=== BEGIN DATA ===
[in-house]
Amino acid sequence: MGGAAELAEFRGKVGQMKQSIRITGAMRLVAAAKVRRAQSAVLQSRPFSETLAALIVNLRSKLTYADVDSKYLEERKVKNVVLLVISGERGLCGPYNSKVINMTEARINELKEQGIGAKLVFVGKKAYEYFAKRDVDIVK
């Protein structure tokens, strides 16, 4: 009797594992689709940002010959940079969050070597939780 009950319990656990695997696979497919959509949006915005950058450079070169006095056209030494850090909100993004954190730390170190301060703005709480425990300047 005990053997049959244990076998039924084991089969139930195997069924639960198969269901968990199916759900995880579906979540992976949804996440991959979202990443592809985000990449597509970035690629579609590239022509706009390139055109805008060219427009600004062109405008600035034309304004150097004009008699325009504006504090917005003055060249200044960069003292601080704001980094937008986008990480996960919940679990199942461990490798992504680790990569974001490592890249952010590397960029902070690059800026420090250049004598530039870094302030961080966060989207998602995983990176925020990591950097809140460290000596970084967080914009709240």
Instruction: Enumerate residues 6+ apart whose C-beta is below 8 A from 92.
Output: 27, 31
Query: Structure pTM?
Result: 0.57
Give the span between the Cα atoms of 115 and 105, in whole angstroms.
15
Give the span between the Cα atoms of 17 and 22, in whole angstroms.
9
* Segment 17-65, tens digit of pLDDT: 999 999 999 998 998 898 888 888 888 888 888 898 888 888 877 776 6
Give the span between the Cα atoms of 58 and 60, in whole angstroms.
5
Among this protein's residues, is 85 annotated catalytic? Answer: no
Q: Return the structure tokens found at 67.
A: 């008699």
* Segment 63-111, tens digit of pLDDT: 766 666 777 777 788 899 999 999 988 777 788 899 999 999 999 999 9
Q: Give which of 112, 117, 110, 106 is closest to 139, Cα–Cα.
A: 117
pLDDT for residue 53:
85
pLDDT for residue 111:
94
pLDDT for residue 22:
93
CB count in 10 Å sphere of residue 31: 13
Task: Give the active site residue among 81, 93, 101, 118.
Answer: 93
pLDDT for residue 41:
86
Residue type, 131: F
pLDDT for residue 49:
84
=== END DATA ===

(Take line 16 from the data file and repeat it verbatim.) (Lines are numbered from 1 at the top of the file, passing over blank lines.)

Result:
Q: Return the structure tokens found at 67.